Bill Kroger 0000-00-00 00:00:00
Gateway to Texas A little known fact to many is Galveston Island’s long history as an immigration center for thousands of people coming to the United States from Europe and other places around the world. In 1875, the United States ended a period of unrestricted immigration to this country and made Galveston Island one of the few places, along with Ellis Island in New York, where immigrants were processed and admitted. Galveston continued in this role until the 1940s. Somewhat surprisingly, the Galveston County District Court became the repository for many federal immigration and naturalization records. These records include the following: • Declarations of Intention from the 19th and 20th centuries, which contain declarations by immigrants of their intentions to become citizens of the United States; • Certificates of Arrival, which show the dates that immigrants were admitted into the country; and • Petitions for Citizenship, in which immigrants provide additional information about their circumstances, such as where they are from and their occupations. The Galveston County District Court also has indices to the immigration records, which make it possible to look for particular persons. The Galveston immigrants came from a large number of countries, including England, Germany, Italy, Russia, and Greece. The records from the 1920s and 1930s include photos of the immigrants. Some of the most moving photographs are of Jewish immigrants from the 1930s, who were no doubt seeking a better life away from the horrors beginning to take place in Germany and other parts of Europe. Relatively few people know that Galveston federal immigration records are housed in the Galveston County District Court. These records are not available online at present, but in the meantime, the Task Force has helped preserve these records. The Galveston immigration records are also an example of another aspect of the importance of Texas district and county clerk archives. The archives often became a place where unusual or special records were deposited. As a result, the district and county clerks in Texas have thousands of unusual and unique records about all types of historical activities of Texans, such as records of cattle brands, product brands, physician licensing records, maps, exhibits, voting records, and even, in Galveston County, records of the blueprints for the Galveston seawall. Few of these records have been studied or copied. For this reason alone, the records of our district and county clerks need to be preserved. By Bill Kroger Just one of the federal immigration records housed in the Galveston County District Court: a declaration of intention from a young German immigrant in 1929.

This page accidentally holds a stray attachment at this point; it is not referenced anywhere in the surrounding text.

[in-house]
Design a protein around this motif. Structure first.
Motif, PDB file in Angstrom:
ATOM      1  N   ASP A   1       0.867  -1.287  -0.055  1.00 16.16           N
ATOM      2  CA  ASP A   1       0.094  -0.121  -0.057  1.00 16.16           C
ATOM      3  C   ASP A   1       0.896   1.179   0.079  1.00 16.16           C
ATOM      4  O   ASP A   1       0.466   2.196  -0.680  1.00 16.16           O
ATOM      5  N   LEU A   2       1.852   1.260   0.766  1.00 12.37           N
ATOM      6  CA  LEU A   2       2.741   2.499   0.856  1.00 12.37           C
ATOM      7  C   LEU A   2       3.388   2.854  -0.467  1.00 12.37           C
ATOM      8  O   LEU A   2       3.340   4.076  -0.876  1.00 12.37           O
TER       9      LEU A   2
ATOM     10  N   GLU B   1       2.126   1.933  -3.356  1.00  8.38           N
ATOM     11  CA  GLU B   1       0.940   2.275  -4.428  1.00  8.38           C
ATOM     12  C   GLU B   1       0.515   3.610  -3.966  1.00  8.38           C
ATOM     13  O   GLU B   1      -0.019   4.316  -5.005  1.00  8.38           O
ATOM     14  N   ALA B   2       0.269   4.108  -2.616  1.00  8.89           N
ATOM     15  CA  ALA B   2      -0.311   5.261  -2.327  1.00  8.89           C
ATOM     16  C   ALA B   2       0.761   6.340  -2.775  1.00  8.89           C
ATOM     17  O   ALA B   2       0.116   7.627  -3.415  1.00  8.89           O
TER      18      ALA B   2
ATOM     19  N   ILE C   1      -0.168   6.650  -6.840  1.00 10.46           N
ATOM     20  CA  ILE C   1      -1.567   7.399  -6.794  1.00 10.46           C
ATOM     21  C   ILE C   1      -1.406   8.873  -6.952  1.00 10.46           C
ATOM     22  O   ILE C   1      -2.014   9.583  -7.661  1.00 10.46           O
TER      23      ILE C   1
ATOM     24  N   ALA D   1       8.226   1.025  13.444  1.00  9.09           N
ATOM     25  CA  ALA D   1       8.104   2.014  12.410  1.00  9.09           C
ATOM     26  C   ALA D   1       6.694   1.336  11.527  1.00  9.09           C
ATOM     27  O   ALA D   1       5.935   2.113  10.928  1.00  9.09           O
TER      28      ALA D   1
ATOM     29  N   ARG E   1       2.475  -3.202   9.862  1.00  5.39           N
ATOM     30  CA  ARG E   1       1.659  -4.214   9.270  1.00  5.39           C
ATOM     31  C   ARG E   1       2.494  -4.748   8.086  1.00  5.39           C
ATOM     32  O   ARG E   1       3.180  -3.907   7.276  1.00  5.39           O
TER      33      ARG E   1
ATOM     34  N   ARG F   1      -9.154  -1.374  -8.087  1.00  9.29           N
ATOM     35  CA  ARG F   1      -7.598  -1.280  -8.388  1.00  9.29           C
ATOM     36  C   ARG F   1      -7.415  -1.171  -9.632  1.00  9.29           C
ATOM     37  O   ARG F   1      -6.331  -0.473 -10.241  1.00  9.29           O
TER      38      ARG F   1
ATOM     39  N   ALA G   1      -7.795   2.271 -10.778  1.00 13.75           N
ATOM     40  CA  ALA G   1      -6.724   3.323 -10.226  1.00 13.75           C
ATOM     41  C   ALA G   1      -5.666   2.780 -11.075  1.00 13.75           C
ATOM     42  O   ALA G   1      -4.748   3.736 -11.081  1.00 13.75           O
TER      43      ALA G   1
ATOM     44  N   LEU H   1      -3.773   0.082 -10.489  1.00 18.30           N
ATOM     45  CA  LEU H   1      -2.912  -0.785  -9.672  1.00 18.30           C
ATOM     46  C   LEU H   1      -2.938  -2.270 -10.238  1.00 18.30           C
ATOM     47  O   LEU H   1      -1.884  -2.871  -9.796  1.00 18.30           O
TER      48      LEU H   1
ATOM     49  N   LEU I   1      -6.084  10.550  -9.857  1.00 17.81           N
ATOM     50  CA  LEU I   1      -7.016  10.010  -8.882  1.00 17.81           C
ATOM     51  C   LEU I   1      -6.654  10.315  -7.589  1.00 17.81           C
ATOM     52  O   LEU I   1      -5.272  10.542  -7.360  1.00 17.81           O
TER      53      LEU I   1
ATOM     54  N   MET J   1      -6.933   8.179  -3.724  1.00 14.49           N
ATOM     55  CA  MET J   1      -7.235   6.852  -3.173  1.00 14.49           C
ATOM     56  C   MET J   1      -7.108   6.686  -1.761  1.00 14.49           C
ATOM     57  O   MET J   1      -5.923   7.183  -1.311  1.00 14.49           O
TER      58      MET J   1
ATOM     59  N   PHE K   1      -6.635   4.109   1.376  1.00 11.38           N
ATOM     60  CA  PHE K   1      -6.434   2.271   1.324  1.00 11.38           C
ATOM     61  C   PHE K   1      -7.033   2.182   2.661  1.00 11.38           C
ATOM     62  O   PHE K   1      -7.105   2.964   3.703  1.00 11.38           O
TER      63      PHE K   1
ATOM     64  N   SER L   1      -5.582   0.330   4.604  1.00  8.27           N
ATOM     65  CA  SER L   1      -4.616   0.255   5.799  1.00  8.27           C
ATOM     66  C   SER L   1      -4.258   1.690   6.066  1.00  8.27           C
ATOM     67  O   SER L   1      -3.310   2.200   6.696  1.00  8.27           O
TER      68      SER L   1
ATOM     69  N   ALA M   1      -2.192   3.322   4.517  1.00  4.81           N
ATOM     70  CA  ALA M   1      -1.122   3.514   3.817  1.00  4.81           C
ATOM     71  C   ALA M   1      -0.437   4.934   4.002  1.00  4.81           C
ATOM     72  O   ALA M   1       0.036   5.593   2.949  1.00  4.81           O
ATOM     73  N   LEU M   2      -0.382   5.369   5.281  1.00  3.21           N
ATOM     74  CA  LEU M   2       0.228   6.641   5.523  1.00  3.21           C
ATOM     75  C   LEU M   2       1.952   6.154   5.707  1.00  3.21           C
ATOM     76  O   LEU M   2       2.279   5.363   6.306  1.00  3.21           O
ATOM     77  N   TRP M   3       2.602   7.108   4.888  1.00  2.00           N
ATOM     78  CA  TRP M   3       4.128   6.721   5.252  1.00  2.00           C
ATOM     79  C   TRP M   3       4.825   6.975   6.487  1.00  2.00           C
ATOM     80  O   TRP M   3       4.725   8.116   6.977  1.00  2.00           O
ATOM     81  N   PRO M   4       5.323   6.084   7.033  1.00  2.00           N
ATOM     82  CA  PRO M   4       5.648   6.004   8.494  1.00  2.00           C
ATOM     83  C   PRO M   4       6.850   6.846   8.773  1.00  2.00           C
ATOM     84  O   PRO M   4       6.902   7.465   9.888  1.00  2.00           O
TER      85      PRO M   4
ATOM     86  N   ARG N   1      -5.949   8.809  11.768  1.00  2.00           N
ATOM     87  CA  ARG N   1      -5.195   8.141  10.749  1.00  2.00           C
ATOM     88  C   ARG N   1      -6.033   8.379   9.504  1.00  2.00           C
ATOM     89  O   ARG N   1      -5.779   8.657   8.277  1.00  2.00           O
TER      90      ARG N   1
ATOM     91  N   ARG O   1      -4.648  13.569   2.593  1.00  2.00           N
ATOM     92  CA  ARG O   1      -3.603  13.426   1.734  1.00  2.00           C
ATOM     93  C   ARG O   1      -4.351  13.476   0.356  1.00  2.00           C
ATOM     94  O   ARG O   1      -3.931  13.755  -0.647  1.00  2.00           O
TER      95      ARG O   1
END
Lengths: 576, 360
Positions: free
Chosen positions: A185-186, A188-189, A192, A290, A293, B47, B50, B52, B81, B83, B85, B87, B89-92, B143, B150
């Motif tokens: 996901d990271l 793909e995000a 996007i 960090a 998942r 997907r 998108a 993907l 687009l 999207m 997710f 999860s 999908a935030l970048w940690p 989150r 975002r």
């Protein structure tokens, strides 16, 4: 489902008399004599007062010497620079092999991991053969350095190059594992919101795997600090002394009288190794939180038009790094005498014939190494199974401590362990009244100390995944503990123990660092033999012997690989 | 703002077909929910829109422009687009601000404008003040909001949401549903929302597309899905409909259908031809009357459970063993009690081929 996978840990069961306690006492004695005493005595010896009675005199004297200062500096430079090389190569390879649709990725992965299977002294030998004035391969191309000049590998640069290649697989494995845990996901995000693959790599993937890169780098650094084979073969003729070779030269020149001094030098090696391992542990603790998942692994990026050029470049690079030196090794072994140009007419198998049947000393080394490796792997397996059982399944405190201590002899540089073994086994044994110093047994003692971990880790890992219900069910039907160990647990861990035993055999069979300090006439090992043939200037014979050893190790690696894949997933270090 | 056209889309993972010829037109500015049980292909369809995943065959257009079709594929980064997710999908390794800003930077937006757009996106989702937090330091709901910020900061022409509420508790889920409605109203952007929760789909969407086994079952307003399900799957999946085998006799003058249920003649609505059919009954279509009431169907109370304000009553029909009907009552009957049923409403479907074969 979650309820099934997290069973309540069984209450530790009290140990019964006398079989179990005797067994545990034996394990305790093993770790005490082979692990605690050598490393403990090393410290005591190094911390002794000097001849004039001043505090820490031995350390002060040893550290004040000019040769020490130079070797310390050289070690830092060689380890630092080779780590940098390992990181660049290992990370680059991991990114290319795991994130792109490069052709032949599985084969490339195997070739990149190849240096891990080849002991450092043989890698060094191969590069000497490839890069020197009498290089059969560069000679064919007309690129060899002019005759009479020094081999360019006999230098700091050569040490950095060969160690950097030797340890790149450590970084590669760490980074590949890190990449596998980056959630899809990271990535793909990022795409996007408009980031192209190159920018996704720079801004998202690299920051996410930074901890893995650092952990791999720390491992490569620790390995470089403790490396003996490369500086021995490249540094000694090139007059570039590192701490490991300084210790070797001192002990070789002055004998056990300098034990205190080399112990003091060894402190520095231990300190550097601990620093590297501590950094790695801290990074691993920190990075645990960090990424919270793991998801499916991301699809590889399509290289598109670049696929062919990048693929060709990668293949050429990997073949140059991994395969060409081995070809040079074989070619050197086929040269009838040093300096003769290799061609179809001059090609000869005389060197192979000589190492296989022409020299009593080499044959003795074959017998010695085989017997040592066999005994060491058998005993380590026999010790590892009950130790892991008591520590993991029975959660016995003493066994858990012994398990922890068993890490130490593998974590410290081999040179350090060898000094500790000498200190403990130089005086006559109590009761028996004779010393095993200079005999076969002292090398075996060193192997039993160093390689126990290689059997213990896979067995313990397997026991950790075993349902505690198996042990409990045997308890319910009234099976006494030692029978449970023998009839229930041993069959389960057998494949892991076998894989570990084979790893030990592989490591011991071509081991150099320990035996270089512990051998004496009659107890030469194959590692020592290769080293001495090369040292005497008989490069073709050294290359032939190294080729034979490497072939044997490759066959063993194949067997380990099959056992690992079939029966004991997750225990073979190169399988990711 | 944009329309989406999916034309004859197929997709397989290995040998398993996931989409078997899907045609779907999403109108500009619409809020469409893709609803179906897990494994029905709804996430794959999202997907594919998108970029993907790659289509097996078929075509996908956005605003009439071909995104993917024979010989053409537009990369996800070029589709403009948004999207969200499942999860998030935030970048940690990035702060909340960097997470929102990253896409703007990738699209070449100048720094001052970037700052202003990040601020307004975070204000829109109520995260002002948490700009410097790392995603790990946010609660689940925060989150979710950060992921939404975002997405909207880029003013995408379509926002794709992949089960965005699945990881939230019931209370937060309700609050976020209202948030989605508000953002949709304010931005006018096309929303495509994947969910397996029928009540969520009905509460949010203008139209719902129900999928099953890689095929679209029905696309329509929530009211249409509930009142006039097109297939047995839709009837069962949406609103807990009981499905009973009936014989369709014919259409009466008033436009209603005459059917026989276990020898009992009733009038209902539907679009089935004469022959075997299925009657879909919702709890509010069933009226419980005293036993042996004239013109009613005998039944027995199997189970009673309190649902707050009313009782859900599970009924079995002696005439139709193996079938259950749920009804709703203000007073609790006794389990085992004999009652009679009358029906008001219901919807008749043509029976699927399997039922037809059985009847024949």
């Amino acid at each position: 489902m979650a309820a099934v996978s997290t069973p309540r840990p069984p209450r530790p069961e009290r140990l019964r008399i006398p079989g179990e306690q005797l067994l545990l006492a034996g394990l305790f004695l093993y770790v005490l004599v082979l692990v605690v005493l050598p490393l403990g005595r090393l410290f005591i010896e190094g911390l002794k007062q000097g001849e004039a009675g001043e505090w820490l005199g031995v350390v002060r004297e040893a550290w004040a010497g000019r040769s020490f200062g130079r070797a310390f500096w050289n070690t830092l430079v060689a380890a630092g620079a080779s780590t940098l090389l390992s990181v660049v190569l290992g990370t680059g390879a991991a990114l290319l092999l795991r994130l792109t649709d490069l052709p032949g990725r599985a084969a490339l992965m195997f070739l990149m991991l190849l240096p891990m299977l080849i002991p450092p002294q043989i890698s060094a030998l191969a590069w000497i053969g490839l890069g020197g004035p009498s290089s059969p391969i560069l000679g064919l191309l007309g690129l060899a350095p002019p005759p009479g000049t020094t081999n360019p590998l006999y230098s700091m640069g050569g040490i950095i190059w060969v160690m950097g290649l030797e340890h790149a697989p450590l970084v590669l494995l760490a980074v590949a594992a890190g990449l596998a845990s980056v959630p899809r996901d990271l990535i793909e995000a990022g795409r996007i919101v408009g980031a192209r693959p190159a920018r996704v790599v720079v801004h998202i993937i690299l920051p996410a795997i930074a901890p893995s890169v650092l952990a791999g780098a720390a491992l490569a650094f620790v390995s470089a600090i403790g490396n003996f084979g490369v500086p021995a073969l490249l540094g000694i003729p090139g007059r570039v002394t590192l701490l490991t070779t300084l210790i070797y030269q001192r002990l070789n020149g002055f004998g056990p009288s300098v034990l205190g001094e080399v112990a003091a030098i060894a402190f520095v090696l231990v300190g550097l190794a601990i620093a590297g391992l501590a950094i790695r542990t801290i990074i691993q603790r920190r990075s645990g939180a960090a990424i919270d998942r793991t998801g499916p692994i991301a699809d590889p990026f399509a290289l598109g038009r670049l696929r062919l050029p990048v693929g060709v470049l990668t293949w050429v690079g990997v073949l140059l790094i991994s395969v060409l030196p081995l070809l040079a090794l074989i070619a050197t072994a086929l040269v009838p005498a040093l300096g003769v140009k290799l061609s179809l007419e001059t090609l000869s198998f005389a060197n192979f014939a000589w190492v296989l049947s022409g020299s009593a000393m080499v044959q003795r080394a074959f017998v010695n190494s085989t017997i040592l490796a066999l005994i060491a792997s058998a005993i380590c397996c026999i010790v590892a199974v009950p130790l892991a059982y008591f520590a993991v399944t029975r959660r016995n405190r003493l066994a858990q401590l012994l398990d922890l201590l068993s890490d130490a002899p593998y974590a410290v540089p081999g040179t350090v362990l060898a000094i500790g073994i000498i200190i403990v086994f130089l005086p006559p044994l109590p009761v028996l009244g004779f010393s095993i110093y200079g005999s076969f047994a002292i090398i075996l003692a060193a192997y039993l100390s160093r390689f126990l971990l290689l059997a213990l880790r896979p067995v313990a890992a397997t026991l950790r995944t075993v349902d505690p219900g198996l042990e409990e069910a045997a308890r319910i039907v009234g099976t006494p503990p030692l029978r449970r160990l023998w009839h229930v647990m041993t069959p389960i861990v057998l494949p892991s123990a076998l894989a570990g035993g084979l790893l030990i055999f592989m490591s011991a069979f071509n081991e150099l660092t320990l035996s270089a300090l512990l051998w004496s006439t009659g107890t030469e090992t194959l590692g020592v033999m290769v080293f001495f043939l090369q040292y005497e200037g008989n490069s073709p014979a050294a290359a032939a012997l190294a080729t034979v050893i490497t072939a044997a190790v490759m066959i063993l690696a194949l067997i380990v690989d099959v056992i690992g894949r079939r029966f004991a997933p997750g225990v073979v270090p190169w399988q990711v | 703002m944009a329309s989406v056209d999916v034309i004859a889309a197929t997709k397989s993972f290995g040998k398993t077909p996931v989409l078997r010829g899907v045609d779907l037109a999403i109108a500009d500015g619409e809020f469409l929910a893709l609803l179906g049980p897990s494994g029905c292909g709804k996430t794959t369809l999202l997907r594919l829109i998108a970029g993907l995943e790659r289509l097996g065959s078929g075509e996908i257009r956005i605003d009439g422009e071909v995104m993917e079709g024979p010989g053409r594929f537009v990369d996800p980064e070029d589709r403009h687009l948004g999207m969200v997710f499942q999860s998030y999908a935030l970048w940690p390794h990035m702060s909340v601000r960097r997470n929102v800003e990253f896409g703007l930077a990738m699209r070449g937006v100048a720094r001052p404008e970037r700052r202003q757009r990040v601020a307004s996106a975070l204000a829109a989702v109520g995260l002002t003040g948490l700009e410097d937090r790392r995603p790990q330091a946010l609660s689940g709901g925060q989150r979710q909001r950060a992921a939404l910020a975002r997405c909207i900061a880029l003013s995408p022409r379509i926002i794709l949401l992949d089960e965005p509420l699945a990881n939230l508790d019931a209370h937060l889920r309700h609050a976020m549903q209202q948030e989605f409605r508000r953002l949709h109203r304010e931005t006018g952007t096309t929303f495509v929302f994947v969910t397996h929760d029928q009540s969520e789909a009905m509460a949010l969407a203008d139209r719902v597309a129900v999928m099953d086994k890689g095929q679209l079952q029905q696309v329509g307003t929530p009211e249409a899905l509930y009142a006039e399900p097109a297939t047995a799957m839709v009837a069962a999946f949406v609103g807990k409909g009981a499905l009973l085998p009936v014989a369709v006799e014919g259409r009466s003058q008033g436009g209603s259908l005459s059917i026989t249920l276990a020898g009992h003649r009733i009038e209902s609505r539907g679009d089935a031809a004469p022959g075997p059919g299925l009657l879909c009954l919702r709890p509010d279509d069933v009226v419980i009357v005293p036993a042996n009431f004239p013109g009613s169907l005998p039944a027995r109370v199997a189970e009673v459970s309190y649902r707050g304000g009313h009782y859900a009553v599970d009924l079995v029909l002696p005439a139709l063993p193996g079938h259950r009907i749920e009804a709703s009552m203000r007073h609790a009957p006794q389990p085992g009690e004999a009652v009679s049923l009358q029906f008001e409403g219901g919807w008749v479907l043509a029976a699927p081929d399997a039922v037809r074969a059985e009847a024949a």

Published by State Bar of Texas. View All Articles.